This is a guest post by Kimanzi Constable, a former bread delivery guy who self-published two books that have sold over 86,000 copies. In the last year he has lost 170 pounds and moved his family to Maui, Hawaii. You can usually find him writing while enjoying an ocean view. He is a published author, international speaker, and coach. He’s a contributing writer for The Huffington Post, Entrepreneur Magazine, and Mind Body Green. He is a senior editor at The Good Men Project. His mission is to help men and women create true freedom in life. Join him at KimanziConstable.com and on Facebook at Kimanzi Constable. If you’d like to guest post on this blog, check out the guidelines here.
Can You Introduce Me to Pat Flynn?
The last eight months have been amazing. Wait, that’s an understatement, they’ve been incredible. I have done things I thought were impossible. You’ve probably seen my story somewhere, so I won’t bore you with it. I’ve written about it here on Dan’s blog.
In 2012 and 2013, I built an audience through guest posting. In those two years, I guest posted over 70 times. In mid 2014, I
realized my go-to strategy wasn’t effective anymore. Most large blogs don’t take unsolicited guest posts. Besides that, I wanted to take Dan’s advice and continue to think outside of the box.
I thought about where I wanted to see my writing and immediately the Huffington Post came to mind. At first, those pesky doubts creep back into my mind but I ignored them. I started to research how to contribute to the Huffington Post. I didn’t stop there.
It took a few months and some strategy, but I was able to become a contributing writer for the Huffington Post, Entrepreneur Magazine, MindBodyGreen, and the Good Men Project. I am now a senior editor at the Good Men Project. My writing has also appeared in Business Insider, Yahoo, and NBC News.
As if all of this wasn’t cool enough, a few weeks ago I had the privilege of being a guest on Smart Passive Income with Pat Flynn.
Writing for large websites had grown my email list from 3,000 people to over 17,000. I have more social media followers, and my business has doubled. Being on Pat’s show however, had unexpected results. In two weeks I’ve added over 1,600 new email subscribers and again, more business.
As you can imagine, I’ve also gotten a lot of email. In two weeks, there have been over 1,000 emails between SPI listeners and my audience. As I was going through these messages, I started to notice a pattern. It was so glaring I started to keep track.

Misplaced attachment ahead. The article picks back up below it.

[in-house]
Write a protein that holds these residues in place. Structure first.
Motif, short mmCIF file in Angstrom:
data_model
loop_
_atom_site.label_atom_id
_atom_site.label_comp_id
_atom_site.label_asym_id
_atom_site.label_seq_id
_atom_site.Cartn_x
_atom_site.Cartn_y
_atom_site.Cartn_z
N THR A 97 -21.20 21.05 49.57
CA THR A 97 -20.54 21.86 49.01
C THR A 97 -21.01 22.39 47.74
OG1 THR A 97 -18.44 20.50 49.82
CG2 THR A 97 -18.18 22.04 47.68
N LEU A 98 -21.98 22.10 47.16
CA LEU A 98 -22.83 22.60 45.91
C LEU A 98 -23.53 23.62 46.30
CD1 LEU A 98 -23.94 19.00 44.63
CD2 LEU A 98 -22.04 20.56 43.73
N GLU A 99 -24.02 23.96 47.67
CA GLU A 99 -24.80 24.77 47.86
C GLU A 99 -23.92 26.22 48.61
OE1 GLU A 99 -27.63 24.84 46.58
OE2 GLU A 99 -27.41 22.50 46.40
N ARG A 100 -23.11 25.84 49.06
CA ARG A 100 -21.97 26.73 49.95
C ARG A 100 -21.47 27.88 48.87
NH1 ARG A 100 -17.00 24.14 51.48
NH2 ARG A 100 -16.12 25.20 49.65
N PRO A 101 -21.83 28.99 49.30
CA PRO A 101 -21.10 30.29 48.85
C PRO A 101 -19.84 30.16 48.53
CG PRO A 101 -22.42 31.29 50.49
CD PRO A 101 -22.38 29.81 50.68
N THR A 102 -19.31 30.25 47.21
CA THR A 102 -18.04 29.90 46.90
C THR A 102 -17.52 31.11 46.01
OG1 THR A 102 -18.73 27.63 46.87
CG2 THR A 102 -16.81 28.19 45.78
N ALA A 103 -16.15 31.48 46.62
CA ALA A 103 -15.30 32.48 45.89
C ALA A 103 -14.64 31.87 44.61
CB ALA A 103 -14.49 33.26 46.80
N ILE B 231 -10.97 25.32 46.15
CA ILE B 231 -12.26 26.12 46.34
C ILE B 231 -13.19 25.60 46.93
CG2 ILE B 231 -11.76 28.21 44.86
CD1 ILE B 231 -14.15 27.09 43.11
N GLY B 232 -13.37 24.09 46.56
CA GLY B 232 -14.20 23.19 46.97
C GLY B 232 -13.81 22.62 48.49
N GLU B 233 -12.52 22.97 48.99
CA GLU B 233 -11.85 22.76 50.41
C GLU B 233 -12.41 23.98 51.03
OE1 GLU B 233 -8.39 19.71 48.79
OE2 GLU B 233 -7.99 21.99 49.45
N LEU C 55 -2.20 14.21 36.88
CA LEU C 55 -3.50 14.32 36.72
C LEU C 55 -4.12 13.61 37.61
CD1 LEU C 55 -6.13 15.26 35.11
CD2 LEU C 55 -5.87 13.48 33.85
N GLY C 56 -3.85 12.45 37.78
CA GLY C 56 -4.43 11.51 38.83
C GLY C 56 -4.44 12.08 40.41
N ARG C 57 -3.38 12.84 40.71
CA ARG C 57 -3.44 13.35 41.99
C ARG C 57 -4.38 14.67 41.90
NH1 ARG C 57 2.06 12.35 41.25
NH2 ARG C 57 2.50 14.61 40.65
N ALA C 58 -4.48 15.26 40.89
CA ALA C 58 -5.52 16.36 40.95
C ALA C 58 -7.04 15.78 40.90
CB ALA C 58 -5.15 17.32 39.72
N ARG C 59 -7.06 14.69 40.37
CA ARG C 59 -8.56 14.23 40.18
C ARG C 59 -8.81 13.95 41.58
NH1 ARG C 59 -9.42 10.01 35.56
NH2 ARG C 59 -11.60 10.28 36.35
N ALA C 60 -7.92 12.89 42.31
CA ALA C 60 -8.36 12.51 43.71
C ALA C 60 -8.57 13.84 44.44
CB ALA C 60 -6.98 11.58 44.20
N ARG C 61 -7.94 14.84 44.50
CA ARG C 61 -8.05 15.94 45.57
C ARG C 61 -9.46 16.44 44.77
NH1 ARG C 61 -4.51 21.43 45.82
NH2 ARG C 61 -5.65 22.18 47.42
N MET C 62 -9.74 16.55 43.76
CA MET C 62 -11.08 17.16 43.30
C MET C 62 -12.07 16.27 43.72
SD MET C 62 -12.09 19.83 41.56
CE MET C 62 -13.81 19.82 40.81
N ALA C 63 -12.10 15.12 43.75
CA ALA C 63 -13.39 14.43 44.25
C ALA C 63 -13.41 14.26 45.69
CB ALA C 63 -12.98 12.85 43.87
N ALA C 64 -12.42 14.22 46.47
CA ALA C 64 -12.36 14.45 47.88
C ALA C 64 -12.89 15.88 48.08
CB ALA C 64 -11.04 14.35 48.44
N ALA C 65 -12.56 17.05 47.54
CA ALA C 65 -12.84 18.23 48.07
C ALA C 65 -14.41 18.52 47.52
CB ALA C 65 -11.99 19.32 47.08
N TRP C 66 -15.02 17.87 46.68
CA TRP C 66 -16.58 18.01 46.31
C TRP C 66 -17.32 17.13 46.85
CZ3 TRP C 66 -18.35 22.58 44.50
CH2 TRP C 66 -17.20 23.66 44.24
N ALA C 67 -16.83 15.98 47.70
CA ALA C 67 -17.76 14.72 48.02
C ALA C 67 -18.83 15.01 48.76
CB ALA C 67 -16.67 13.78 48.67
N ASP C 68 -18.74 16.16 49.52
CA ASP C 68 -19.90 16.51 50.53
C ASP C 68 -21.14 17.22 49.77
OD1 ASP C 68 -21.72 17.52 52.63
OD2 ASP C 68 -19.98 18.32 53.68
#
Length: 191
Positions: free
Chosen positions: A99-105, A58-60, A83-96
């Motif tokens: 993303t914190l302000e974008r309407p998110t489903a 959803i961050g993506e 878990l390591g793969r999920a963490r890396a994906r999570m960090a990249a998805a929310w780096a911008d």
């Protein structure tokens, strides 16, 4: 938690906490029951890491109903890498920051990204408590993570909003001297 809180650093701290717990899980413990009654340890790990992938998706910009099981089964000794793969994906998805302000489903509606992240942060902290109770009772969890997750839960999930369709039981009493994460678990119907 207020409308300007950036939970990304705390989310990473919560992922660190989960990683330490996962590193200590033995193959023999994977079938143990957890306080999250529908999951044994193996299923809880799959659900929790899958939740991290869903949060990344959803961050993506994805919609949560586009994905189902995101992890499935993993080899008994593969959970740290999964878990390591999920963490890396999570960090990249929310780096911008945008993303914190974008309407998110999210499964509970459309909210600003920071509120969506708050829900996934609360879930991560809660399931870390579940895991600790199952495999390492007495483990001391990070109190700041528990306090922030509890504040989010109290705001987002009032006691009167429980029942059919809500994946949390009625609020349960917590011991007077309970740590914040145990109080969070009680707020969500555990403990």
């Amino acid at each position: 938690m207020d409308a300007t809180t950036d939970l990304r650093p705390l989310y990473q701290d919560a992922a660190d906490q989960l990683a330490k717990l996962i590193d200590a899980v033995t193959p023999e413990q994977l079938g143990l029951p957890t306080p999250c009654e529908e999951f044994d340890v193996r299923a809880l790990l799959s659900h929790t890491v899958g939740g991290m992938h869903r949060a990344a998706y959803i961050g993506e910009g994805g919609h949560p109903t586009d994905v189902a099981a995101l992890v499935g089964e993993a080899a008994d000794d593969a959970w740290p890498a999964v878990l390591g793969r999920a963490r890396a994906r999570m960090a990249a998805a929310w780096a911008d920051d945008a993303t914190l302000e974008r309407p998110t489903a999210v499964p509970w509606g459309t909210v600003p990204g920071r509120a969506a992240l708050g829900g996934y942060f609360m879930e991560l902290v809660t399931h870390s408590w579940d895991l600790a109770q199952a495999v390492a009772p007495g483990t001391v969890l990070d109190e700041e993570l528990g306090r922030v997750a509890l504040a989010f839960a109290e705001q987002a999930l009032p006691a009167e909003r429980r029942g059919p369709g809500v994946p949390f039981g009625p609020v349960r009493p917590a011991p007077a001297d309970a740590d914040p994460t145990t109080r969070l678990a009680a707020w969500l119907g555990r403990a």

There were a lot of questions in the emails. I put these questions in a spreadsheet as research for future content. When I got the same question, I added the numbers. Looking at the numbers, here are the top two questions:
1. Can you introduce me to an editor at the Huffington Post? (In 836 emails)
2. Can you introduce me to Pat Flynn? (In 721 emails)
When asking hurts you
I know how frustrating it can be building a business. It took four years and a lot of tears to get here. One thing that I’ve learned along the way is that your ask can’t exceed the relationship.
I was at a conference last year and heard a speaker explain this eloquently. She asked a guy in the audience his first name. He said it was Mike. She then said, “It’s nice to meet you Mike, can I kiss you on the lips?” The crowd erupted into laughter.
She went on to say that this is what we do with relationships, and especially with other entrepreneurs. We haven’t connected with them at all, yet we ask them for information they either paid to learn, or took years to figure out. We are essentially asking for that kiss on the lips.
It would be nice if someone could introduce you to an editor or Pat Flynn, but not if your relationship with that person isn’t developed to that level. I have never met these people who are emailing, never had any interaction with them. Our first interaction is their asking me to give them a shortcut that took four years to achieve.
Most of those emails got deleted. Not because I’m a jerk, but because they want that “kiss on the lips.” I’ve even had some A-Listers—who I’ve never talked to—ask for an introduction. One of them tried to take advantage of me.
How to connect and build
There’s a better way to connect with successful entrepreneurs. It starts with studying and applying their free content. They work hard to produce that free content, and are impressed and happy when you use it successfully. Buy one of their courses. Show them you understand the value of what they provide. While everyone else is trying to “kiss them on the lips,” you are separating yourself by showing how much you value what they do.
Use their content and share it. Thank them publicly and tell them what results you’ve gotten. When I say publicly, I mean using social media. Successful entrepreneurs get hundreds of emails, and most of them as self-serving. Tweet to them. Comment on their Facebook fan page. Leave a meaningful comment on their blog. Make it brief but powerful.
Try to establish a relationship. I’m not saying you have to be their best friend, but you have to build some familiarity. Don’t approach influencers the way everyone else does.
Use the same principles you’ve used in romantic relationships. Start with a conversation either online, or at a conference. Shake their hand, exchange a hug. Build from there- that kiss will show up.